I'm currently working in an environment that requires we enable SQL Server Audit, enterprise-wide. We generate .sqlaudit files as we have retention and access guidelines, and I'm finding that we need to compile trending information about the files generated, such as number created per hour, total volume of audit information, etc. Currently, I'm only aware of DMVs/DMFs that provide audit definition information (the list can be found here), but nothing related to the output of the SQL Server Audit process.

I'm currently running PowerShell scripts to collect this information from the metadata of the .sqlaudit files, but I'd prefer not to rely on an external process, if possible. I've looked into extended stored procedures such as xp_dirtree, but that only returns the number of files and not size information, so it doesn't provide as complete a picture as I need here. xp_cmdshell, while viable, is not allowed for obvious security reasons and because NIST compliance explicitly prohibits its use. Are there any approaches within the database engine (I'm asking about things I can hit with TSQL) where I can get this information, such as an Extended Event or hidden DMV I've not yet come across? I feel like I've done some extensive digging, but I'm never surprised if I miss something.

1 Answer 1


I may as well post my terribad approach in case others are interested. Basically, the following is a 2-step process. The first is to create a table in a database of your choosing that will hold a log of the Audit file meta data that you wish to collect:

CREATE TABLE dbo.Audit_FileMetrics
    [Name] VARCHAR(512),
    [LastWriteTime] DATETIME2,
    [Length] BIGINT,
    [CompressedLength] BIGINT

I'm keeping it simple by only tracking the name, creation date, and size (both compressed and uncompressed). Why compressed? Well, we have systems in our environment that generate terabytes worth of audit activity per day, so we have to compress the .sqlaudit files immediately after they are generated otherwise we run into a Tribble situation. Because of this, the PowerShell routine below pulls some meta data out of the .zip files directly.

The second part of this process is to setup a SQLAgent job with a PowerShell step that fires off the following:

#required to read the header data from the .zip files
Add-Type -assembly "system.io.compression.filesystem"

#get filepath where audit files are written as well as the last file's timestamp
$filePath = Invoke-Sqlcmd -Query "SELECT TOP 1 sfa.log_file_path, af.LastWriteTime FROM sys.server_file_audits sfa CROSS APPLY(SELECT COALESCE(MAX(LastWriteTime), CAST('1900-01-01' AS DATETIME2)) AS LastWriteTime FROM <EnterDatabaseNameHere>.dbo.Audit_FileMetrics) af WHERE sfa.on_failure = 1" -Database "<EnterDatabaseNameHere>" #-ServerInstance "localhost"
#not "needed", but if you run this block over and over in ISE, this is handy as it clears out the array
$auditFiles = @()
#get list of .zip files we have not yet collected meta data from
$files = ls $filePath.log_file_path -Filter "*.zip" | Where-Object {$_.LastWriteTime -gt $filePath.LastWriteTime}
ForEach($file IN $files)
    $myPath = $filePath.log_file_path + $file.Name
    #read/append file header meta data
    $auditFiles += [io.compression.zipfile]::OpenRead("$myPath").Entries | SELECT Name, LastWriteTime, Length, @{Name="CompressedLength";Expression={$file.Length}}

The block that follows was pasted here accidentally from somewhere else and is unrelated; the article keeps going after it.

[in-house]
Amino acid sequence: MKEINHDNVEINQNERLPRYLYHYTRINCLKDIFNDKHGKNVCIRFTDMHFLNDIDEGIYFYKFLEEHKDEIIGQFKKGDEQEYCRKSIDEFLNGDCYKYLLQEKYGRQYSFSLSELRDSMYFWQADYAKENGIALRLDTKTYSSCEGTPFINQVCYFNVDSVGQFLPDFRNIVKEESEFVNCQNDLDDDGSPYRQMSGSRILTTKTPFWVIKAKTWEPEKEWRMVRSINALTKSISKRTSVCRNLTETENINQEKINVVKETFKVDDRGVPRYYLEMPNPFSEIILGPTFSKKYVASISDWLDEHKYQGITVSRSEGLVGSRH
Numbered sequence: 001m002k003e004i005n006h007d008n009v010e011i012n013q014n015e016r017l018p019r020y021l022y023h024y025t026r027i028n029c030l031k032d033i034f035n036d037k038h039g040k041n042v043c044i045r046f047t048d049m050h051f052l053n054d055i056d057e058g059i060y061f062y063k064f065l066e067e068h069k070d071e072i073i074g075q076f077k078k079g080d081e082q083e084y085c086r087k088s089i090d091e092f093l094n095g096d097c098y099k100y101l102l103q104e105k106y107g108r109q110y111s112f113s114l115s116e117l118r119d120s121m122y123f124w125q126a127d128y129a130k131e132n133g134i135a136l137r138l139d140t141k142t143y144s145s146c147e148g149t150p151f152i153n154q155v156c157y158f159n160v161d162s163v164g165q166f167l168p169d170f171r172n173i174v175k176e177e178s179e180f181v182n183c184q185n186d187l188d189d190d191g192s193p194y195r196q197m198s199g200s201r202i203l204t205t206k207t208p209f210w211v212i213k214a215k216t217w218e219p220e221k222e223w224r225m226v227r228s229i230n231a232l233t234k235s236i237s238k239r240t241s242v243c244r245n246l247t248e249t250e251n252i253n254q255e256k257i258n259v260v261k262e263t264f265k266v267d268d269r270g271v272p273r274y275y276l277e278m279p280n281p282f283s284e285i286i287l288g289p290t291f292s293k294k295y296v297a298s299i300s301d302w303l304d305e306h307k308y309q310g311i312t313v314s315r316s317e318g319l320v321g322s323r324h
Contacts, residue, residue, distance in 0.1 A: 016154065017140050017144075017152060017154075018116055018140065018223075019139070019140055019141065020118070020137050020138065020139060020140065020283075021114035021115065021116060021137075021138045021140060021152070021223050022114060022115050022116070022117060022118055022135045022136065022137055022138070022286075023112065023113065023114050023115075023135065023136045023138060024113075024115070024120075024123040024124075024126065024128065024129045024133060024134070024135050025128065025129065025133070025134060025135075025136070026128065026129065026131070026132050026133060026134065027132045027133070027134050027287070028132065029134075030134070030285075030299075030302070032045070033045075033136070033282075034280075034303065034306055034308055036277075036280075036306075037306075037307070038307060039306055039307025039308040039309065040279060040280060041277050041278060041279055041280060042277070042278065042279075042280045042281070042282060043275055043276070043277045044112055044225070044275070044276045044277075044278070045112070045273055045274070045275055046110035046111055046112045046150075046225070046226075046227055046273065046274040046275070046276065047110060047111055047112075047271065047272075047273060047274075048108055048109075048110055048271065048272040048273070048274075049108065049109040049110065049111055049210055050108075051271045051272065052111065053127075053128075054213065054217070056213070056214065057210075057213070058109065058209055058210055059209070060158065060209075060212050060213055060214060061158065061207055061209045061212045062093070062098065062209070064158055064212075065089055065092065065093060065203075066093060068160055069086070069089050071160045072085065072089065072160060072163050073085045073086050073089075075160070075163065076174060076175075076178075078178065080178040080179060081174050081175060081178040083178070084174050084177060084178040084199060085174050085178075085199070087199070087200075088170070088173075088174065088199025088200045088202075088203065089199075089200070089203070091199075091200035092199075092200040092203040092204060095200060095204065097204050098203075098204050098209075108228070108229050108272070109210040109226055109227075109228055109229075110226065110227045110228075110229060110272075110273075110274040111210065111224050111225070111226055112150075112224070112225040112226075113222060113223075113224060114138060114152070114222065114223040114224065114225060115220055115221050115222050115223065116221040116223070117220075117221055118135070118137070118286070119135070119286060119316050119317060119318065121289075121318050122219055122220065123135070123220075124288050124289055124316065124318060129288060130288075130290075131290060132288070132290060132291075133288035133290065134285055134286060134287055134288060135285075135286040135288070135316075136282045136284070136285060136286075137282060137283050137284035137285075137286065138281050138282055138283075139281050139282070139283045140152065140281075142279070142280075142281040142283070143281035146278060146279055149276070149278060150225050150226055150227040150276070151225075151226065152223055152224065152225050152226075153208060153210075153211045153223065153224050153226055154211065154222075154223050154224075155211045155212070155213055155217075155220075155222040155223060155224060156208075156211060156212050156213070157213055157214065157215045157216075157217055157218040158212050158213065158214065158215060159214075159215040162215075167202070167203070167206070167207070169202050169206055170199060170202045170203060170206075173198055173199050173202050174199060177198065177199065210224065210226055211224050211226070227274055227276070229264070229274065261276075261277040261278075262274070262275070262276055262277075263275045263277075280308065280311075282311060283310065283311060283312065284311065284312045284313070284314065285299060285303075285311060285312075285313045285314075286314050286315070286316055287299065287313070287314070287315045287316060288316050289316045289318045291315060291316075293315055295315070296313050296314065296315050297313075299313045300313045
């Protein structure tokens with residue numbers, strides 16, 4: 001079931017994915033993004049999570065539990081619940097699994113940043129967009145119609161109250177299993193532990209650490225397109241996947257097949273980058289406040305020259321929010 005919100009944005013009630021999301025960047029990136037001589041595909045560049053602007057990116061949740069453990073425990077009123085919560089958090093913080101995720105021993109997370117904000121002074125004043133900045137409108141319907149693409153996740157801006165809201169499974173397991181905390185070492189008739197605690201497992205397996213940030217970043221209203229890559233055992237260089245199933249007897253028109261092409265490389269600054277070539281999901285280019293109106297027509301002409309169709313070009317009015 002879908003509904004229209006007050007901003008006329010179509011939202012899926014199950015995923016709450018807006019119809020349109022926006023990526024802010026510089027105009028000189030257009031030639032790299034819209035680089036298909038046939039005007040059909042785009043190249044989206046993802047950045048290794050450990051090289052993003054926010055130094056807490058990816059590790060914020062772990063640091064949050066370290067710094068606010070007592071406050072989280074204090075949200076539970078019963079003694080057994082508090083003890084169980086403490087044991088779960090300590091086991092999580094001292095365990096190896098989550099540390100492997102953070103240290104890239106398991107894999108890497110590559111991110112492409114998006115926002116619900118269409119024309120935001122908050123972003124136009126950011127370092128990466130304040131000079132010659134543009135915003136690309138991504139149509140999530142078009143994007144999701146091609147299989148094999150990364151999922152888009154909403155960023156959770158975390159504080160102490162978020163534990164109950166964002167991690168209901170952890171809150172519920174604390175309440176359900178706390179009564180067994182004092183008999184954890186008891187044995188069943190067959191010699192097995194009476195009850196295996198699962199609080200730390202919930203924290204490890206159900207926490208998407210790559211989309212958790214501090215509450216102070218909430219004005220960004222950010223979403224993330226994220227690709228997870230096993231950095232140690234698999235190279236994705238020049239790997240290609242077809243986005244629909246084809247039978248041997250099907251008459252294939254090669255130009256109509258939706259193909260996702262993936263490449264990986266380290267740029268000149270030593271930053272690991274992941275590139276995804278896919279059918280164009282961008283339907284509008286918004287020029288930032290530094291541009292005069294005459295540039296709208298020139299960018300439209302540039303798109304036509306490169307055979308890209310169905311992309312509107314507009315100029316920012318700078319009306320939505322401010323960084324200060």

#build out INSERT command statement
$sqlCommandInsert = 'INSERT INTO dbo.Audit_FileMetrics ([Name], [LastWriteTime], [Length], [CompressedLength]) '
$sqlCommandValues = 'VALUES '
$sqlQuery = ''
$i = 0

ForEach($auditFile IN $auditFiles)
    $sqlCommandValues += "('" + $auditFile.Name + "', '" + $auditFile.LastWriteTime + "', " + $auditFile.Length + ", " + $auditFile.CompressedLength + "), "

    if ($i -eq 1000)
        #cannot insert more than 1000 VALUES tuples, so commit a batch of 1000
        $sqlQuery = $sqlCommandInsert + $sqlCommandValues.Substring(0, $sqlCommandValues.Length - 2)
        Invoke-Sqlcmd -Query $sqlQuery -Database "<EnterDatabaseNameHere>" #-ServerInstance "localhost"
        $sqlCommandValues = 'VALUES '
        $i = 0

#final insert into log table
$sqlQuery = $sqlCommandInsert + $sqlCommandValues.Substring(0, $sqlCommandValues.Length - 2)
Invoke-Sqlcmd -Query $sqlQuery -Database "<EnterDatabaseNameHere>" #-ServerInstance "localhost"

What this routine does is identify the path where the audit files are written to as well as the timestamp of the last audit file tracked. Using that, it runs a Get-ChildItem against the identified directory looking for all *.zip files returning only files older than the last file we've identified prior.


  1. This routine assumes the Audit Definition is configured such that the inability to write out an audit file will result with the server being shutdown. If you do not have this requirement, you will want to adjust the query (i.e. this is the reason for the predicate WHERE sfa.on_failure = 1)
  2. This routine is only looking for .zip files. If you do not compress your .sqlaudit files, you will run into a scenario where the meta data on the last .sqlaudit file will likely change at the next run because the database engine is still writing to it. In this event, I would suggest ignoring the last file returned in the array, which should avoid any duplicate/inconsistent data.

Finally, this is totally specific to my environment, but it does exactly what I need. If you have suggestions, updates, etc. please post another answer as more ideas are always appreciated.

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